• Make time for quality sleep: To improve sleep quality, try cutting out caffeine late in the day, sleeping in complete darkness and making a structured sleep routine so that you go to sleep and wake up at the same time each day.
  • Reduce stress: Regular exercise, meditation and deep breathing exercises may help reduce your stress levels. If you regularly feel overwhelmed with stress, you may want to consider seeing a psychologist.
  • Eat foods rich in polyphenols: Good sources include blueberries, red wine, dark chocolate and green tea. Polyphenols are not digested very efficiently and often make their way to the colon, where they are digested by bacteria.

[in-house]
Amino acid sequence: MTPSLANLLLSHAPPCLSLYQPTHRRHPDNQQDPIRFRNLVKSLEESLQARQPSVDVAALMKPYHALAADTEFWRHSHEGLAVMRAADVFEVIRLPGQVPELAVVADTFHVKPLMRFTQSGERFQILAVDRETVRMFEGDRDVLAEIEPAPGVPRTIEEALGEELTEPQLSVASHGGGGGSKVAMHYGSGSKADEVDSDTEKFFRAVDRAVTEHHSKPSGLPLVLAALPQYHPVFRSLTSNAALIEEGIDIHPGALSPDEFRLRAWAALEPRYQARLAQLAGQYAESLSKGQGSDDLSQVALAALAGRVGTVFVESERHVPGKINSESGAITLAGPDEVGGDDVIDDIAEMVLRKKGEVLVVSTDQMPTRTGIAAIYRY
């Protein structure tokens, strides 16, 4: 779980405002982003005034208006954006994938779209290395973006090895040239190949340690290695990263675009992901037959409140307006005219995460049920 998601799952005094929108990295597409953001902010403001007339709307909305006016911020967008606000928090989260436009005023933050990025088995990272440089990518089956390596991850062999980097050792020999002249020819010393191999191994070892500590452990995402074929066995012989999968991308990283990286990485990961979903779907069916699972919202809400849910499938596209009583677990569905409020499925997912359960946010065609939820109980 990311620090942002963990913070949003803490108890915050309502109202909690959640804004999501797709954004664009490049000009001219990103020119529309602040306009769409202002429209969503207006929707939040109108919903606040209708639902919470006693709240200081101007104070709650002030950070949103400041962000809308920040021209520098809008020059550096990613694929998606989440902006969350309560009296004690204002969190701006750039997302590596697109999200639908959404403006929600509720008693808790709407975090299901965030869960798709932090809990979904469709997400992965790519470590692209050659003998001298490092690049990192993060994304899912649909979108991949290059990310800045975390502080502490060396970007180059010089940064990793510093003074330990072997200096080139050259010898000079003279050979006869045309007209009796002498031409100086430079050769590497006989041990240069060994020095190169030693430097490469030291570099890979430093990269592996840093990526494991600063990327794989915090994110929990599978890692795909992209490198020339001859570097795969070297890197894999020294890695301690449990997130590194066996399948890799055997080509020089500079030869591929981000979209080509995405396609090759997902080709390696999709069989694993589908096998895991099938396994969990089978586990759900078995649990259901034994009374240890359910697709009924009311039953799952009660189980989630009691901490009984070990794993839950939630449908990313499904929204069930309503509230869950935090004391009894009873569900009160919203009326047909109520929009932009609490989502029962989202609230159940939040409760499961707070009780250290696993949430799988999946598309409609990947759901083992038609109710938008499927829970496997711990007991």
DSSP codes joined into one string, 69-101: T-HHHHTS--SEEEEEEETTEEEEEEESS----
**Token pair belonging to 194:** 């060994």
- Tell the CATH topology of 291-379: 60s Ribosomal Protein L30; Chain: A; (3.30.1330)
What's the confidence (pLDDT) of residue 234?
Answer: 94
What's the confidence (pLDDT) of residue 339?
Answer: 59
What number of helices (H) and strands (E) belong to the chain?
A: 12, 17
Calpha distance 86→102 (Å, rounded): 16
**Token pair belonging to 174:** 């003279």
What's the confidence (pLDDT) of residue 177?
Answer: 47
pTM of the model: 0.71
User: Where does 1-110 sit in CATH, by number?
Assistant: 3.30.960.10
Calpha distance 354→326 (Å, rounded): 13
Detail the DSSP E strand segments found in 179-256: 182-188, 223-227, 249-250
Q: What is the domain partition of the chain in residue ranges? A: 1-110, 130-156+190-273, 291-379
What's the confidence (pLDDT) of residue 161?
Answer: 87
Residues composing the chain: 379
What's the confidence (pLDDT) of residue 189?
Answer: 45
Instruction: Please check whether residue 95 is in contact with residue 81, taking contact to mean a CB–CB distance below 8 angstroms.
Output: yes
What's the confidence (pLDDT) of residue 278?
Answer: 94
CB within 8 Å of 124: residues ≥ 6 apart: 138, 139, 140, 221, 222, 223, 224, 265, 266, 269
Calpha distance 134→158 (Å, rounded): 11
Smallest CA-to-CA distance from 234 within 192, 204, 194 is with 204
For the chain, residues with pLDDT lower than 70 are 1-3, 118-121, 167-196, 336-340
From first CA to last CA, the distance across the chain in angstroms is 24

There are many ways to improve your gut health. Eating a healthy and diverse diet, getting good sleep and reducing stress levels are all great ways to help improve your gut flora.

The Bottom Line

Your gut bacteria play an important role in your overall health, and disruption to the gut flora has been linked to a number of health problems.

Diet and lifestyle factors, including poor sleep quality, alcohol consumption and inactivity, can harm your gut bacteria.

Alternatively, living a healthy lifestyle characterized by regular physical activity, low stress and a variety of whole foods is the best way to ensure a healthy gut flora.

In many cases, fermented foods and probiotic supplements may help as well.